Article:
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Bitcoin surge prompts legal bid to remove Mt Gox from bankruptcy

Creditors say 40-fold rise in value means exchange’s assets now dwarf its liabilities

A group of creditors pursuing a potentially vast bitcoin fortune from the imploded Mt Gox exchange have begun a legal action in Tokyo that would, if successful, remove the company from bankruptcy, disburse more than $3bn worth of coins among depositors and stop its former chief executive emerging from the debacle as a multi-billionaire.

The move, which breaks largely uncharted legal ground in Japan, is a response by frustrated claimants to the recent stratospheric rise of bitcoin and a liquidation process that began when the cryptocurrency was trading at just a fraction of its current price of ¥2m ($17,600) per bitcoin. Creditors involved in launching the legal challenge to the bankruptcy say the 40-fold price surge in bitcoin since Mt Gox’s collapse in February 2014 has fundamentally changed the financial mathematics of the bankruptcy, as the company’s assets now completely dwarf its liabilities.

Mark Karpelès, the exchange’s former chief executive currently fighting charges of embezzlement in Tokyo, controls the company that owns almost 90 per cent of Mt Gox. At the current bitcoin price, Mt Gox could meet all its liabilities and, under Japanese law, Mr Karpelès would then receive his share of the surplus — a theoretical fortune worth well in excess of $2bn. In a petition filed this month, at least four major creditors are asking the court to consider moving the exchange from bankruptcy into civil rehabilitation. That change of status would mean Mt Gox’s bitcoin assets would not have to be sold but could instead be fully distributed, on a pro-rata basis, among claimants. The court is investigating the merits of the petition for rehabilitation.

The creditors bringing the case say the outcome is likely to come down to a “battle of experts”: those working for the bankruptcy trustee, who argue the current liquidation plan is more stable, and those hired by the creditors, who say their solution is quicker and fairer. Mt Gox, which was once the world’s largest bitcoin exchange by trading volume, collapsed nearly four years ago after 850,000 of its own and its customers’ bitcoins disappeared from the company’s digital vaults.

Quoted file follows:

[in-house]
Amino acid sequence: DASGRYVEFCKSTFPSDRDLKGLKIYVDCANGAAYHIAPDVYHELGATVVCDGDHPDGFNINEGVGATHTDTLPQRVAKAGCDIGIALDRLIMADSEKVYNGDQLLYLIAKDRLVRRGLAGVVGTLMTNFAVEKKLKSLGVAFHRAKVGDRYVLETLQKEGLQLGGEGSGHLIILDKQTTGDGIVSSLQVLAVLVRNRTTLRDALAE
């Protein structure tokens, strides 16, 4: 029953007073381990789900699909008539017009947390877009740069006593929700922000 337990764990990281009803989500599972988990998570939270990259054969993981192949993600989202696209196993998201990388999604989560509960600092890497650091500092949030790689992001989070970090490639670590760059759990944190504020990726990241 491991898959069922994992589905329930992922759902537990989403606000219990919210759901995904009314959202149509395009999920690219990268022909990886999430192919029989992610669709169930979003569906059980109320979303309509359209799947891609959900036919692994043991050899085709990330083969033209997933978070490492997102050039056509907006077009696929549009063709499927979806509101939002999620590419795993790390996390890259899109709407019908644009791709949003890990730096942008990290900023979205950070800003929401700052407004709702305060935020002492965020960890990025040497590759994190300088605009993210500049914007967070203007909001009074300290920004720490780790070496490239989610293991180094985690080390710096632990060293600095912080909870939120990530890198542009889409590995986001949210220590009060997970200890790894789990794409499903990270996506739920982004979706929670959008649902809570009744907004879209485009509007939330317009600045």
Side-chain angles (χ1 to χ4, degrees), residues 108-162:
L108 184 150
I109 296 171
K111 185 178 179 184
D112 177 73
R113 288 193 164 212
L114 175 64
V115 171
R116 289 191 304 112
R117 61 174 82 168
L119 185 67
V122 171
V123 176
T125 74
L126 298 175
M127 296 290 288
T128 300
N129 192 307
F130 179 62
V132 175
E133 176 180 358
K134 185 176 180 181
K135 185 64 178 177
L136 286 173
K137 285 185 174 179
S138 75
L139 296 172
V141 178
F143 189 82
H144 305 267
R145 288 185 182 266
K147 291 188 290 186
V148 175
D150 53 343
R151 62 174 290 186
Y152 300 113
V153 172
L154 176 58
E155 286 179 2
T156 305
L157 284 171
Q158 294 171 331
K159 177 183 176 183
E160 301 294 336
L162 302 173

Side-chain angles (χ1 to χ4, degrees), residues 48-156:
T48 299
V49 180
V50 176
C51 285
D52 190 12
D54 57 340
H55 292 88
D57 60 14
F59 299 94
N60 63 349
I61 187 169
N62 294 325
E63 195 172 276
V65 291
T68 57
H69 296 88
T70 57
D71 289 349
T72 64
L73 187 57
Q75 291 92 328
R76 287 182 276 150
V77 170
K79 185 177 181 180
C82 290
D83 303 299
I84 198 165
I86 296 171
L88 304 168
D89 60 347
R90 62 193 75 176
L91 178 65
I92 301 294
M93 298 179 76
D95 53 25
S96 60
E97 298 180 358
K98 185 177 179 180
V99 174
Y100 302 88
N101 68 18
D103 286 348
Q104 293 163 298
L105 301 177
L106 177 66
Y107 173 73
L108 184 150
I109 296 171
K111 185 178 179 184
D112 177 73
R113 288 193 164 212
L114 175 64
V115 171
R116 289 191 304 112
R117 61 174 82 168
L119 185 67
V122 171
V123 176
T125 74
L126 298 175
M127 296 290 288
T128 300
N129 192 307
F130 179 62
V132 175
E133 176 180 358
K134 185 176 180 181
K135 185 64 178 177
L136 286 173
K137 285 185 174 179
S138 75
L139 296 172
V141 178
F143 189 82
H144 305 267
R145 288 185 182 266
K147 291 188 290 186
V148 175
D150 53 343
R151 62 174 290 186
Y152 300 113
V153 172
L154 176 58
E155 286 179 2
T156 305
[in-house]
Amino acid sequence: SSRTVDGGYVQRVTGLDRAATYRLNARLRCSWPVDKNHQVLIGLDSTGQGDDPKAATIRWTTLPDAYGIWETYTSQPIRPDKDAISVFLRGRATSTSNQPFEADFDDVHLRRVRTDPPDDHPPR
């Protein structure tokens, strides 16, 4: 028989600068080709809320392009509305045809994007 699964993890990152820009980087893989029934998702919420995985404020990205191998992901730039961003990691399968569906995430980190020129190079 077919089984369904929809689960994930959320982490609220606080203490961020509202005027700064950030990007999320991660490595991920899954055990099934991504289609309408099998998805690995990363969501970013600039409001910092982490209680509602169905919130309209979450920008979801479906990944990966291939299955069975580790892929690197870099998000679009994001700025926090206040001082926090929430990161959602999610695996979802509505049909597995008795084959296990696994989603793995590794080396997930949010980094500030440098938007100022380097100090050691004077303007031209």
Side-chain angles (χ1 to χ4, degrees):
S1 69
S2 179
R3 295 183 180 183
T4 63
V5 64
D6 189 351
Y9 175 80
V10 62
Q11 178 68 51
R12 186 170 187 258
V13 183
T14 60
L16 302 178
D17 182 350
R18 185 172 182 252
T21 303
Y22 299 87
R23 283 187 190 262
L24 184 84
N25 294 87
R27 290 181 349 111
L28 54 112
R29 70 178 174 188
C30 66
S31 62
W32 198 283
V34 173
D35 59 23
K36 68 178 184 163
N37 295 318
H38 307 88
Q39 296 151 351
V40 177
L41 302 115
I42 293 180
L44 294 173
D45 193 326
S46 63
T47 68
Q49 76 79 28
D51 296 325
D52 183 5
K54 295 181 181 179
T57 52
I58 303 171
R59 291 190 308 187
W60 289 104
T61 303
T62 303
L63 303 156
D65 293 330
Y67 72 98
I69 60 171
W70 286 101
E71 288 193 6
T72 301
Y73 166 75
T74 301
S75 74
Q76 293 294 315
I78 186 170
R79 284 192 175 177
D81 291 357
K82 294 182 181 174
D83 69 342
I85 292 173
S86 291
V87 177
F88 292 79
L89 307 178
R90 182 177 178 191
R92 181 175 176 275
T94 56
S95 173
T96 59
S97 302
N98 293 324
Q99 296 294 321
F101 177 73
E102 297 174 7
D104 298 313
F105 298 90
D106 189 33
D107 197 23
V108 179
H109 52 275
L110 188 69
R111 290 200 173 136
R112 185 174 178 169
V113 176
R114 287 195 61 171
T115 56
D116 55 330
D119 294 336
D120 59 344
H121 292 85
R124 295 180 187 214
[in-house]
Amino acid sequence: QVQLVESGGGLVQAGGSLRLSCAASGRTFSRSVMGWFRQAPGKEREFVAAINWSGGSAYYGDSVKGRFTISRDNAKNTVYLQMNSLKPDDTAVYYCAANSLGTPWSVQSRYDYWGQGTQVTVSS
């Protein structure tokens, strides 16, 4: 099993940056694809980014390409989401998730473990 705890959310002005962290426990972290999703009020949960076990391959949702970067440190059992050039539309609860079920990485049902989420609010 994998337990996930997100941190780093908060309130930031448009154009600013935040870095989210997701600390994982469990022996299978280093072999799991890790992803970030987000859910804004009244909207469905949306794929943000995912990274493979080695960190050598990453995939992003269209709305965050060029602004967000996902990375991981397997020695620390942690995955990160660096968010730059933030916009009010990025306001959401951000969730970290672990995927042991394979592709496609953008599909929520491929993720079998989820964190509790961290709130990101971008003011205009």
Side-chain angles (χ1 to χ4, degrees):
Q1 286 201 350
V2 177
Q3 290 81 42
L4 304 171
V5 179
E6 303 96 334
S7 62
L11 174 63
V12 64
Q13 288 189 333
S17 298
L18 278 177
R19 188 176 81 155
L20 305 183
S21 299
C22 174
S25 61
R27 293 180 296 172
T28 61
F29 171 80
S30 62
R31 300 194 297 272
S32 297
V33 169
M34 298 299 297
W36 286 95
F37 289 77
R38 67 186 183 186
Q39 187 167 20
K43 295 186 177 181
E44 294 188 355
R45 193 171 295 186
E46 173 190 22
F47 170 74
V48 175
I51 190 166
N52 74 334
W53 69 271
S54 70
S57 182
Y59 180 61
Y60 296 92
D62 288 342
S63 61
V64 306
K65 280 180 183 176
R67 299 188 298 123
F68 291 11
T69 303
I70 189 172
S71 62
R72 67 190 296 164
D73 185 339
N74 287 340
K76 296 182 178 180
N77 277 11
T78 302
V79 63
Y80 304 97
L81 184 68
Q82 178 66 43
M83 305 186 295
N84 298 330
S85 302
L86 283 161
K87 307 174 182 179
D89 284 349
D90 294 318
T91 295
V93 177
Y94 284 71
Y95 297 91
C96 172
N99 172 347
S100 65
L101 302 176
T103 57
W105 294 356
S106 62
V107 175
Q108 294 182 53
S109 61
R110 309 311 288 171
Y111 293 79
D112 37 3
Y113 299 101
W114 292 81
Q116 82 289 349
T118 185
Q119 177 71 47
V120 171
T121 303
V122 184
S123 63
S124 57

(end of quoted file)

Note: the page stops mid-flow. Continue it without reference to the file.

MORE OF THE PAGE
The occurrence is judged by some investigators to have been a cyber-heist but remains unsolved, and pummelled bitcoin prices at the time. A stash of 202,185 bitcoins — now worth about ¥390bn ($3.4bn) — was subsequently discovered in one of Mt Gox’s digital “wallets” and, as its value has surged ever higher, has become the obsession of creditors desperate to claw back what they believe they are owed. Under the current terms of the court-ordered Mt Gox liquidation, some 25,000 former depositors who filed claims will eventually receive their portion of the overall payout, either in cash or bitcoin, at an exchange rate of about ¥50,000 ($442) per bitcoin.

That is the market price set, in accordance with Japanese law, at the time the bankruptcy proceedings began in April 2014. Recommended US financial regulators warn investors on bitcoin risks Bitcoin futures volumes outstrip cautious expectations Lex on bitcoin futures: naked position Creditors involved in bringing the new lawsuit identify that as the prime source of injustice.

The trustee in charge of the Mt Gox bankruptcy has recognised a total of about ¥58bn worth of claims and liabilities — about ¥46bn in bitcoin priced at the 2014 rate, and the remainder representing yen or dollar cash that had been sitting in customers’ accounts. If the bitcoin price remains where it is now and survives such a large sale, those liabilities could be paid off with around 29,000 bitcoins.

That would theoretically leave more than 173,000 coins for Mt Gox’s shareholders, primarily Mr Karpelès. Mr Karpelès, who denies wrongdoing in the embezzlement case, has previously questioned whether such a fortune would ever, in fact, materialise given the way that liquidations tend to work. Creditors have also suggested that any massive shift of bitcoin wealth to Mr Karpelès would make him the target of a large number of civil lawsuits from former customers.

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